1. Our sense of homogeneity can blur our vision and in turn produce a narrow understanding of what is “true.” This is elaborated in the latter part of Lumen Fidei as a confrontation with the modernist hope of the “universal brotherhood.”

2. What is “True” necessarily lies outside myself – in this case, the truth of the burning faith of the Muslims, and the truth – in the final analysis – that it is the love of God in the person of Christ that propels all of this. This “Truth” can be seen as a unity of Christ’s love with that of our love with our neighbour. This is also seen in Lumen Fidei, where it says that “the more Christians immerse themselves in the circle of Christ’s light, the more capable they become of understanding and accompanying the path of every man and woman towards God” (35). It is no wonder, then, that when the Common Word initiative was created, it emphasized “love for God and the love for Neighbour” as the essential meeting point of both Christianity and Islam.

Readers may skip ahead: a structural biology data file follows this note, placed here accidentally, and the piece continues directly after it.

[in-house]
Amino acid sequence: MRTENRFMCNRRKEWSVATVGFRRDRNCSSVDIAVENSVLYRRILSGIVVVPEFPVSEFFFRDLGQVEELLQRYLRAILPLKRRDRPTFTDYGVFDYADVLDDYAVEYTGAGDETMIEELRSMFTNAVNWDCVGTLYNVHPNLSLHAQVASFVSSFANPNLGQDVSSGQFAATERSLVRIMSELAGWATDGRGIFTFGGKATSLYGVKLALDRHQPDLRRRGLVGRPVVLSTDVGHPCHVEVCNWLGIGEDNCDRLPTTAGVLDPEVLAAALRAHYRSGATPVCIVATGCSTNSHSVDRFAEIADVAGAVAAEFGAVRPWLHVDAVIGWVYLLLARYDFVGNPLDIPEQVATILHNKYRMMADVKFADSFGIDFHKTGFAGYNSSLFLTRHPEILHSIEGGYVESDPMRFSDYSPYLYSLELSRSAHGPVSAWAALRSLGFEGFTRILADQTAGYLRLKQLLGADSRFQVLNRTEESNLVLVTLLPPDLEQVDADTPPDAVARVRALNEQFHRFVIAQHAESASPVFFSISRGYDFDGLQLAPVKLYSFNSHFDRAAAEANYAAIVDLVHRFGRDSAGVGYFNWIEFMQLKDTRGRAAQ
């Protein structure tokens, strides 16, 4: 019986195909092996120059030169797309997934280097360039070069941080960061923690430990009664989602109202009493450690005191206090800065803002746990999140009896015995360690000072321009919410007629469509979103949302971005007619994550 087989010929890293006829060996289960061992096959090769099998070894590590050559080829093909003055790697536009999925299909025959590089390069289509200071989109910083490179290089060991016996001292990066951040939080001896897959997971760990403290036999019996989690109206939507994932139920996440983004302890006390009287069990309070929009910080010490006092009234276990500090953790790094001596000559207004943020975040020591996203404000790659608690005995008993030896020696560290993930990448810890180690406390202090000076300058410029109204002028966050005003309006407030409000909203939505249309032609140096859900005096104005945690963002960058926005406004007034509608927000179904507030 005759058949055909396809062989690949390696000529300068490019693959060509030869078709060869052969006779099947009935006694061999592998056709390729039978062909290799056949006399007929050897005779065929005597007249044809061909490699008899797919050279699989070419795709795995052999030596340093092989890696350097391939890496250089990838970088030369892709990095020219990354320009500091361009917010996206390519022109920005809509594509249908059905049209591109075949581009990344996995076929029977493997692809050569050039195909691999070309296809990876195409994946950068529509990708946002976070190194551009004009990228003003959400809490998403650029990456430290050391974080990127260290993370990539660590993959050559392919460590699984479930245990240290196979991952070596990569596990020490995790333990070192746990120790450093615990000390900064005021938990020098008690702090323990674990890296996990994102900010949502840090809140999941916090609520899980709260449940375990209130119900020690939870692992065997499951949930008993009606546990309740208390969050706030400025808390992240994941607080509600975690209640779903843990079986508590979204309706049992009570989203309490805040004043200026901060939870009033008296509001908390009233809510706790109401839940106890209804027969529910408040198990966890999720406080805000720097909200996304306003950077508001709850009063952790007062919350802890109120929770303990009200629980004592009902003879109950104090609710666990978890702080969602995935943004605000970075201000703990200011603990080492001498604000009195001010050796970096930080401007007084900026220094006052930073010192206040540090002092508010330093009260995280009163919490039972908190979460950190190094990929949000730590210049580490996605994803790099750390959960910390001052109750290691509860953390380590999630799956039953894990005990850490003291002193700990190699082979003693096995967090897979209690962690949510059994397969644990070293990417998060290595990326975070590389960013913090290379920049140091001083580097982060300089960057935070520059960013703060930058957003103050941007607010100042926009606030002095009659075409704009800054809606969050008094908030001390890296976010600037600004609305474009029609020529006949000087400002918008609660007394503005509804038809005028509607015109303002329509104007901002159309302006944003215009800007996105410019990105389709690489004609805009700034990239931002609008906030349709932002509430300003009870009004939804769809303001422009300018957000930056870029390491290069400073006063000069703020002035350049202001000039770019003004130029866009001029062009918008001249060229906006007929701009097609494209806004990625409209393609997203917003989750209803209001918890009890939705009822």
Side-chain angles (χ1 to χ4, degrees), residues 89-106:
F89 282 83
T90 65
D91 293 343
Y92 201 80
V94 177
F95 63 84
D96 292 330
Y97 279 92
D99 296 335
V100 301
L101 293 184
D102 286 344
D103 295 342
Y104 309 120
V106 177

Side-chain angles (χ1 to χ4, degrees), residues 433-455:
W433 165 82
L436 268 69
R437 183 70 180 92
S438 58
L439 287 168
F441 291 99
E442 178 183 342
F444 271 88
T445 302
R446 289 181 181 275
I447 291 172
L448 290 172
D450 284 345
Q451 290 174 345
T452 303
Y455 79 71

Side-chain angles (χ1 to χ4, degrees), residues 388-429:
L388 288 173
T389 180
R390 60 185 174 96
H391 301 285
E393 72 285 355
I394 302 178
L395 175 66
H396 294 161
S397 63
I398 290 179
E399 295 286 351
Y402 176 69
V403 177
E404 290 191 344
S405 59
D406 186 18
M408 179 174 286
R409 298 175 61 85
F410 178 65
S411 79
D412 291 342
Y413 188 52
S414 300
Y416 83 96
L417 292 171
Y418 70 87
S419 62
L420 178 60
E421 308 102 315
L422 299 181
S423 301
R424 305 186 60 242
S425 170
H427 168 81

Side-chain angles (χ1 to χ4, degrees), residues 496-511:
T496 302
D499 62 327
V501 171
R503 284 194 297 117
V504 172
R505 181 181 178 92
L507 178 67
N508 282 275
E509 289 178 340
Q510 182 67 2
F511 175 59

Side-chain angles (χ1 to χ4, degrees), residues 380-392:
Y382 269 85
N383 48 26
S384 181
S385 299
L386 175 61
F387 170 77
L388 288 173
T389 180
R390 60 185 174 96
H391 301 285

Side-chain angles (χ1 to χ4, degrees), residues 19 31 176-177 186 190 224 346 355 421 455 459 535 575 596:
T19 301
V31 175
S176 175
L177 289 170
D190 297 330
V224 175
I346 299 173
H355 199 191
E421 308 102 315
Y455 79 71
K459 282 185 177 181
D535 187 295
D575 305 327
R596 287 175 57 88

3. All this culminates in the understanding that the Truth is none other than the encounter with Jesus’ love, most especially in the profound injustice of the world, where God makes His presence felt not to offer “arguments which explain everything; rather, a history of goodness which touches every story of suffering and opens up a ray of light” (57). We didn’t stay in Indonesia just for the cultural immersion; we also lived with the poor, and we encountered Christ even in the faces of those who do not profess Christ to be God, because in the end, it is the love that engulfs the world. And this love can be seen and felt, believed at and hoped for, because of the light of Christ.